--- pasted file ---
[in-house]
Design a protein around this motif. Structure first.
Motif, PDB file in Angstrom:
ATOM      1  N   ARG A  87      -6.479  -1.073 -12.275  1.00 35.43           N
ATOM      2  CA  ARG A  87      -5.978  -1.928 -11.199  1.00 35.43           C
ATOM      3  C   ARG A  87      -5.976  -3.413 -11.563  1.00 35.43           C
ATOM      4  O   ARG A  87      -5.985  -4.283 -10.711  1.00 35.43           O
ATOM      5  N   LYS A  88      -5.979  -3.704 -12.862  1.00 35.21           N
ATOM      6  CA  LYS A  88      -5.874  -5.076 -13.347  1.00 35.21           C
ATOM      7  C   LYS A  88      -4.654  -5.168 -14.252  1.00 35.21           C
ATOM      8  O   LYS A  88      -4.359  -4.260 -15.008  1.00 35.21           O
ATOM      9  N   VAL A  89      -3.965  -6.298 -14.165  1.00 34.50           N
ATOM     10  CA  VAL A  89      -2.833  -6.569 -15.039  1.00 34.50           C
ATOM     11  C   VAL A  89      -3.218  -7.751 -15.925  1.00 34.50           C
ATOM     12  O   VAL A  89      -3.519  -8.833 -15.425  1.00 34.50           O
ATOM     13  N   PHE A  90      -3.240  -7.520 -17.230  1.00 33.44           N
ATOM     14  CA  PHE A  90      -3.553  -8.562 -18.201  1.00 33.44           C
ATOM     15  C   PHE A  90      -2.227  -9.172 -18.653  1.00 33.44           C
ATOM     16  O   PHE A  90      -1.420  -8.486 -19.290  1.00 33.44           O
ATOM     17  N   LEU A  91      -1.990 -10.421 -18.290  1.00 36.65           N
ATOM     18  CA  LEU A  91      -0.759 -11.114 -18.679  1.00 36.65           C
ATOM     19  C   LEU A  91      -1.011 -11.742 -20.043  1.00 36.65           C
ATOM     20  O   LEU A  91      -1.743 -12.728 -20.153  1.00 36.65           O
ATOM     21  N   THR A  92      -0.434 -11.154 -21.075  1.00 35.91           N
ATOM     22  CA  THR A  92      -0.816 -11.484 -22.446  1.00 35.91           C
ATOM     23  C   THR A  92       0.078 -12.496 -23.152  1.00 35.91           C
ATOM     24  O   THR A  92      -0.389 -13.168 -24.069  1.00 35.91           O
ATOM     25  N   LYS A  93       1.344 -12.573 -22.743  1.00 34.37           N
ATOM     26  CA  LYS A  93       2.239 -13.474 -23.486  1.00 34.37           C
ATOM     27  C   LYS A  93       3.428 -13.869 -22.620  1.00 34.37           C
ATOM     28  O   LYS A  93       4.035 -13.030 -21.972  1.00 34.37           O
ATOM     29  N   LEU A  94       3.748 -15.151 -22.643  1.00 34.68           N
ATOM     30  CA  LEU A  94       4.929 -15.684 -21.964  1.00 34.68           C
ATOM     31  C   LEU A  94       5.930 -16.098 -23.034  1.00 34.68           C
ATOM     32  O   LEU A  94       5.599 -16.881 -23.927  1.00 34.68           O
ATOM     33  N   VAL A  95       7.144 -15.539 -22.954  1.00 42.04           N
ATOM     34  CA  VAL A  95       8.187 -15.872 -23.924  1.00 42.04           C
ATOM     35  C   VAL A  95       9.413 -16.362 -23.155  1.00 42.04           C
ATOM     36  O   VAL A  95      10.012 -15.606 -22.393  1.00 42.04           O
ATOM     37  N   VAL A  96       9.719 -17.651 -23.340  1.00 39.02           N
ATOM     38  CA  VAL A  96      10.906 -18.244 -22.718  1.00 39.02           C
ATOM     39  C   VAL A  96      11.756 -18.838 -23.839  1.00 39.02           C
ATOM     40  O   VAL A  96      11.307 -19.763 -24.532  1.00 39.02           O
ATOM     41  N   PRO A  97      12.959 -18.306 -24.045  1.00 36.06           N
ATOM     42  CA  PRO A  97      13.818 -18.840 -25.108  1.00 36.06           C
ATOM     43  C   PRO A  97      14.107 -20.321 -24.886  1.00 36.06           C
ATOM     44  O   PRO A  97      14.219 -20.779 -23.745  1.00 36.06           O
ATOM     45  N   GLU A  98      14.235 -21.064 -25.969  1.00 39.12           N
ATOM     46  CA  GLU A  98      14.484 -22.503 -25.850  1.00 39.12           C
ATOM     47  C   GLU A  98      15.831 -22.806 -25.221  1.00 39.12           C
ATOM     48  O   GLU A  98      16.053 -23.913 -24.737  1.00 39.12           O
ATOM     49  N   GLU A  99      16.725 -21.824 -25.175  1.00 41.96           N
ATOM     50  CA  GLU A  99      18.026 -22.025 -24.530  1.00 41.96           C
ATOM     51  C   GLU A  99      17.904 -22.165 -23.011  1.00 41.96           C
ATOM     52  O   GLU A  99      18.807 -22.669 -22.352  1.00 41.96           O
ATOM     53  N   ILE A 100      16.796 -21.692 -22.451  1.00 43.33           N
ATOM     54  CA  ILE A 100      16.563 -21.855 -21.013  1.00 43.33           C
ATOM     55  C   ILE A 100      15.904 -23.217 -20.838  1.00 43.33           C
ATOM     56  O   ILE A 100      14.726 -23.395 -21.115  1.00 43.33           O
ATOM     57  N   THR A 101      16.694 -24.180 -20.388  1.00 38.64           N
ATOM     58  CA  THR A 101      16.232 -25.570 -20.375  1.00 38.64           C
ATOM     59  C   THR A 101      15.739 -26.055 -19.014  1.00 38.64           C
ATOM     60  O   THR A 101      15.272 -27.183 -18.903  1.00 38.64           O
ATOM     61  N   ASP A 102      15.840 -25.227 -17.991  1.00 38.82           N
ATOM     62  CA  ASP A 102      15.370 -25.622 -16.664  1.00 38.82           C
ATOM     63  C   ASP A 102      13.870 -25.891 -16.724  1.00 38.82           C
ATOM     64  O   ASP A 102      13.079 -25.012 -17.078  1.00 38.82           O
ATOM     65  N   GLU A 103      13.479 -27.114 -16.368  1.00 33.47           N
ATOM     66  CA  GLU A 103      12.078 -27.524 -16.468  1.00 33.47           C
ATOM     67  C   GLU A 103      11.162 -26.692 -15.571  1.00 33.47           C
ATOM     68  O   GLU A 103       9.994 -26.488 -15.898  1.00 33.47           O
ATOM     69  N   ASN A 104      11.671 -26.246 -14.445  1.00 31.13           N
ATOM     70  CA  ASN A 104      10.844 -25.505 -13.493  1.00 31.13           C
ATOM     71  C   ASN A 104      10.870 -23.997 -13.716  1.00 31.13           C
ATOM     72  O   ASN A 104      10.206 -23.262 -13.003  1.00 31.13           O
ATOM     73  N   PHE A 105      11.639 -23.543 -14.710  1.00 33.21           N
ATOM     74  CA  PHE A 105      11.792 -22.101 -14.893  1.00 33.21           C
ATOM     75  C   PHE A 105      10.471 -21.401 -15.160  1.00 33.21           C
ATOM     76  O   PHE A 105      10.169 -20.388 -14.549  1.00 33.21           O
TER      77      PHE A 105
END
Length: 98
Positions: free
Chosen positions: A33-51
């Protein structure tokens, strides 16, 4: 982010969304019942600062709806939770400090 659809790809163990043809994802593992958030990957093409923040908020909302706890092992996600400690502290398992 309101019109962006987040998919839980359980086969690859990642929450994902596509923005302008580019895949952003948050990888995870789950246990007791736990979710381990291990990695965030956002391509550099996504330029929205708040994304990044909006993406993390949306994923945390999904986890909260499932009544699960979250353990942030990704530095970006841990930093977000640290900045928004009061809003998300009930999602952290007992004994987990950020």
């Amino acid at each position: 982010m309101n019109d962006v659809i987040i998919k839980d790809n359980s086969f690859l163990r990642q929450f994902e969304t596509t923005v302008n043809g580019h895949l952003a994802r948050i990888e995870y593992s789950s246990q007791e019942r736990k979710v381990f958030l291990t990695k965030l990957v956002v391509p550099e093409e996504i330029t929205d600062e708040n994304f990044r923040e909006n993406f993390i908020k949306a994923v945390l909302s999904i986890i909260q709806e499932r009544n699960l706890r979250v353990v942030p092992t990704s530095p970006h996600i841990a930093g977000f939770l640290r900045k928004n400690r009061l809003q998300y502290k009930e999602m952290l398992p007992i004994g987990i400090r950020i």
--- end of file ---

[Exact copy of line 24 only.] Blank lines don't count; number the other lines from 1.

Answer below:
ATOM     21  N   THR A  92      -0.434 -11.154 -21.075  1.00 35.91           N